No, S-Corporation owner distributions are not considered a forgivable payroll expense.


25. How do I calculate forgiveness as a Sole-Proprietor?

Forgiveness for a sole-proprietor is calculated as the lesser of; $20,833 paid during the 24-week covered period, or 2019 net profit, Form 1040, Schedule C, Line 31.


26. Does the increase of an 8-week to a 24-week covered period increase the maximum forgiveness for Self-Employed/Owners?

Maximum forgiveness for an owner of any entity structure is $20,833 with the 24-week covered period ($100,000 divided by 12 times 2.5). Therefore, you may automatically achieve this if you (1) paid yourself this amount and (2) net profits in 2019 was $100,000 or greater (see FAQ #21).

If using the 8-week cover period, you are limited to $15,385 for payroll costs and would need to spend an additional $5,448 on eligible non-payroll costs for complete forgiveness granted if you received the full $20,833 loan amount.


27. Are non-cash compensation costs included for Owners? (i.e., Employer cost of Health Insurance and Retirement Contributions)?

Generally, no.  Non-cash compensation costs are not forgivable for both self-employed individuals and general partners.  S-Corporation owners cannot include health insurance costs as it should already be included in their wages.  S-Corporation owners can include employer costs for retirement contributions.


28. What is included in utilities for non-payroll costs?

Gas, water, transportation, telephone, or internet access for which services began before February 15, 2020.


29. What is included in transportation for non-payroll costs?

This is unclear and we are still waiting on further guidance from the SBA of what exactly is included in transportation.  The only SBA guidance as of this point is for self-employed individuals. The guidance states that gas used for driving a business vehicle is a forgivable use of PPP loan proceeds. This indicates gas and expenses from the standard mileage allowance may be permitted, but still pending more definitive guidance.


30. What is included in rent/lease on real or personal property for non-payroll costs?

  • Office
  • Copiers/Printers
  • Vehicles/Equipment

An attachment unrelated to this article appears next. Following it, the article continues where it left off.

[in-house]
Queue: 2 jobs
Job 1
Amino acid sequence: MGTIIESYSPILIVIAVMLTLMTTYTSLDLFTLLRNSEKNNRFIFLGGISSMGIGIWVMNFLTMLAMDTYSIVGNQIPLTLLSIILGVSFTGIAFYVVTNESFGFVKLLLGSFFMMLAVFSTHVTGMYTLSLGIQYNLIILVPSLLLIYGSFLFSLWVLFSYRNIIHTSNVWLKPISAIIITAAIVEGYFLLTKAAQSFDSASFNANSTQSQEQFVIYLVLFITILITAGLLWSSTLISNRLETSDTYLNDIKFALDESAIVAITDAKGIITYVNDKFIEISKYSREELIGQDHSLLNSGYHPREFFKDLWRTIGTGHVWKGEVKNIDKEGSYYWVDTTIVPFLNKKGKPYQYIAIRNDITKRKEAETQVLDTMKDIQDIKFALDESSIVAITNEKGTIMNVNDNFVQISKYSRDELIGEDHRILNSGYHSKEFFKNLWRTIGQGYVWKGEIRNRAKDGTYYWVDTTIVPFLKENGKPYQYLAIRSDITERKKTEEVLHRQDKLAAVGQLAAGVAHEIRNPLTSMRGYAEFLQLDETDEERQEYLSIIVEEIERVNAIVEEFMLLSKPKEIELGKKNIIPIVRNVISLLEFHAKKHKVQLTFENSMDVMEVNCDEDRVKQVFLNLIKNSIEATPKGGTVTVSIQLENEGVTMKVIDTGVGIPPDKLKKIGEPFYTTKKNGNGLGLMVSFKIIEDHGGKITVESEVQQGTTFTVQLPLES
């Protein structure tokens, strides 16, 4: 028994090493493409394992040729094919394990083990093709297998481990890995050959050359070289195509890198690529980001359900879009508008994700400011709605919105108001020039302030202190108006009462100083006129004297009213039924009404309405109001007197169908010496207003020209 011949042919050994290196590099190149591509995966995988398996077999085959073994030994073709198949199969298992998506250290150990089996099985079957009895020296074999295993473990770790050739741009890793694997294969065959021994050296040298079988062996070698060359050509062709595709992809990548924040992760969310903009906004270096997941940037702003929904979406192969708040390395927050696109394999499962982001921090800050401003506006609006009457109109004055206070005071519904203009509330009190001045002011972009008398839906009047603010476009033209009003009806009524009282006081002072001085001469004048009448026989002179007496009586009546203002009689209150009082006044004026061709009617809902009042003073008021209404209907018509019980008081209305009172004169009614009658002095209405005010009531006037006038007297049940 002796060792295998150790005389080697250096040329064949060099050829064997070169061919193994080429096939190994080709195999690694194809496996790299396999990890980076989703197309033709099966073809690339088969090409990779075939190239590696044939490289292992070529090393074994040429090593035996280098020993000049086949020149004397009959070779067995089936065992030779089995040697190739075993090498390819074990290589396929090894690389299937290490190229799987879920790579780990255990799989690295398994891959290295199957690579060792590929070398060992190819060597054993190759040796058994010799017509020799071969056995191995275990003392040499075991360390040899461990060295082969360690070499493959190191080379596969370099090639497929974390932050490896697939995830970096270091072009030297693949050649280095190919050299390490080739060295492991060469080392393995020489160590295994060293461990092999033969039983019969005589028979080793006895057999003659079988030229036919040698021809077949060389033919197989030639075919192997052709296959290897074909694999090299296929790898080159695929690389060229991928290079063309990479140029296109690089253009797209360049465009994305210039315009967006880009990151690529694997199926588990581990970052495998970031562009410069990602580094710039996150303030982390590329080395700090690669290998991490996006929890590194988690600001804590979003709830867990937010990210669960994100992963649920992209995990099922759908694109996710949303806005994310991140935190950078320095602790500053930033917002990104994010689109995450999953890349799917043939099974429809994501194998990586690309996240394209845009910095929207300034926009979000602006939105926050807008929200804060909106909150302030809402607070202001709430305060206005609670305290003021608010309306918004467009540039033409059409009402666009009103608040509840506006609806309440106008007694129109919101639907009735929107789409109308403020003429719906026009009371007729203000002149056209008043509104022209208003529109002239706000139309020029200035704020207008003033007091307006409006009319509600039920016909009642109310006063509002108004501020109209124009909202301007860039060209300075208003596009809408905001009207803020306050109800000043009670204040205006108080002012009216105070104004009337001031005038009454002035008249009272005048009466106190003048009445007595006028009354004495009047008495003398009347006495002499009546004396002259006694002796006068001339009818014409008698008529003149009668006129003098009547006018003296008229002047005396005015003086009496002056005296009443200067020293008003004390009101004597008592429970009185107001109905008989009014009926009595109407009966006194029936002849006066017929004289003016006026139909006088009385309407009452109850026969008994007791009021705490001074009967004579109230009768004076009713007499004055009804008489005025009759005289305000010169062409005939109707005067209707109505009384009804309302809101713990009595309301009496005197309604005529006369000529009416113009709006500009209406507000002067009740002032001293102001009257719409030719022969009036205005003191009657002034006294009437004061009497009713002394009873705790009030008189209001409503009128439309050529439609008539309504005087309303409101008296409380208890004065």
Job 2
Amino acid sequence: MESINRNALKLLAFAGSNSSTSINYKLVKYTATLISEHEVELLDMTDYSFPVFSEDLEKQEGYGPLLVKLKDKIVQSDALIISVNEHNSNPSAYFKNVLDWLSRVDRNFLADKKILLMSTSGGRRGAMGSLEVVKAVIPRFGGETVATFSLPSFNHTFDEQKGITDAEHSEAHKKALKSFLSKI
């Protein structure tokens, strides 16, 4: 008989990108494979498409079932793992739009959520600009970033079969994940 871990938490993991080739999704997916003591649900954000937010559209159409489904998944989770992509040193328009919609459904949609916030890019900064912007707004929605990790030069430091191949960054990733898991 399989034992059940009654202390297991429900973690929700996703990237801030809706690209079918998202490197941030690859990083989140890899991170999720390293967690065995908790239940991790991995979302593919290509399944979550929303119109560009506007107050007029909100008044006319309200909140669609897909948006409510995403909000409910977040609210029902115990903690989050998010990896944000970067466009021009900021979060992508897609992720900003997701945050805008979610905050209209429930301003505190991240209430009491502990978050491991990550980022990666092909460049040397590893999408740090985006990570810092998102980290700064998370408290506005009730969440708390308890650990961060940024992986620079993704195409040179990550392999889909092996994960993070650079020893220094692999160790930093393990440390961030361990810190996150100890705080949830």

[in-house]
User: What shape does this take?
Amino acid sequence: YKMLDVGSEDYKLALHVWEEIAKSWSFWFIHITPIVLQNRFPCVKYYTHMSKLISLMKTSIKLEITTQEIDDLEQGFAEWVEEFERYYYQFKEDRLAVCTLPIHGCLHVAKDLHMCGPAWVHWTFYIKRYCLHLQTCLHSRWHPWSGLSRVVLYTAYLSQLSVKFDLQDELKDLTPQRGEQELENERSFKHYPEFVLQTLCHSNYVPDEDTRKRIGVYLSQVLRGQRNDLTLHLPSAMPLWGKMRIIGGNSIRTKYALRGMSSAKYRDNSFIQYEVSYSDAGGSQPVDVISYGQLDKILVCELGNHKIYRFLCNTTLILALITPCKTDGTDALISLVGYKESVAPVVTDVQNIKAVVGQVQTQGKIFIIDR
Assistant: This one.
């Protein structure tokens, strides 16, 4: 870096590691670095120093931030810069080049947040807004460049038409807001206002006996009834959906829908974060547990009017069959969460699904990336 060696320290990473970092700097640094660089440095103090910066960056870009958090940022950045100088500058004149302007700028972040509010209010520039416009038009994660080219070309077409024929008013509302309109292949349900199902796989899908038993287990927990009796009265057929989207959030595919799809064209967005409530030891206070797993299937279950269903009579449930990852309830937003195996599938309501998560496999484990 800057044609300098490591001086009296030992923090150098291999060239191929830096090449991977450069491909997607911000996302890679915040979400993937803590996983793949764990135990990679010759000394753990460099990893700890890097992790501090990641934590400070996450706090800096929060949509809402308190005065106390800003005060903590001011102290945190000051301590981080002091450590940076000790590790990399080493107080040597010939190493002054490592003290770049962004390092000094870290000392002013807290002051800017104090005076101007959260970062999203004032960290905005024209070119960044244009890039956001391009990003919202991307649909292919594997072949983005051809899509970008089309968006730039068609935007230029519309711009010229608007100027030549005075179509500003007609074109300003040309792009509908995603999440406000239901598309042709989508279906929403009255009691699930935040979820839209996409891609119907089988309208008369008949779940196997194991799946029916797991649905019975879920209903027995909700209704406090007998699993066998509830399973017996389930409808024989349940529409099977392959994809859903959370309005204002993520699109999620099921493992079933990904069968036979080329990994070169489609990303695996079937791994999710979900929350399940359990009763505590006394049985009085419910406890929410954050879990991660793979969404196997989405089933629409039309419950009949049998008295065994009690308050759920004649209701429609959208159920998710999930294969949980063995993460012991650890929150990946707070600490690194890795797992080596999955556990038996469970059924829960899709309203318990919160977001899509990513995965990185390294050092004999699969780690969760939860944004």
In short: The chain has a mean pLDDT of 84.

• Other Items of Personal Property


31. Are principal & interest payments on a mortgage eligible for forgiveness?

No, only interest is an eligible expense to be included. In addition, prepayments are not eligible for forgiveness.  The debt needs to be directly related to real or personal property and in-place prior to February 15, 2020.


32. Do all operating costs qualify as eligible non-payroll costs?

No, non-payroll costs only include mortgage interest payments on real or personal property, rent or leases on real or personal property, and utilities.


33. Are any COVID-19 related cleaning expenses considered eligible non-payroll costs?

No, costs incurred due to the cleaning and other COVID-19 related requirements are not included as eligible non-payroll costs.


34. Is floor plan interest considered an eligible non-payroll cost?

It is not clear if Floor Plan Interest qualifies as “Debt on Personal Property”.  The National Automobile Dealers Association (NADA) has issued a request to the SBA to further clarify this question. Unless clarified by the SBA, inventory financing should not be considered as personal property and not included as an eligible non-payroll cost.


35. Are self-rentals considered eligible non-payroll costs?

Yes, if the rental agreement was in-force prior to February 15, 2020. The terms of rent must be consistent with the terms prior to February 15, 2020.


36. Am I allowed to prepay rent to include in the covered period as an eligible expense?

No, prepayments cannot be included as eligible forgivable expenses.


37. If I was delinquent on rent and caught up during the covered period, can those back payments be included as eligible expenses?

SBA guidance does not explicitly state that past rents can be included, however, it does imply that any rent payments that were paid during the cover period are eligible forgivable expenses as long as it was not a prepayment and the lease agreement was in place prior to February 15, 2020.  


38. For the Salary/Hourly Reduction, if payroll was reduced greater than 25%, what portion am I penalized for?

You would be penalized for the portion greater than 25%. For example, if your wage reduction were 30% you would be penalized for 5%.  For additional information, see the G&C PPP Loan Forgiveness article here.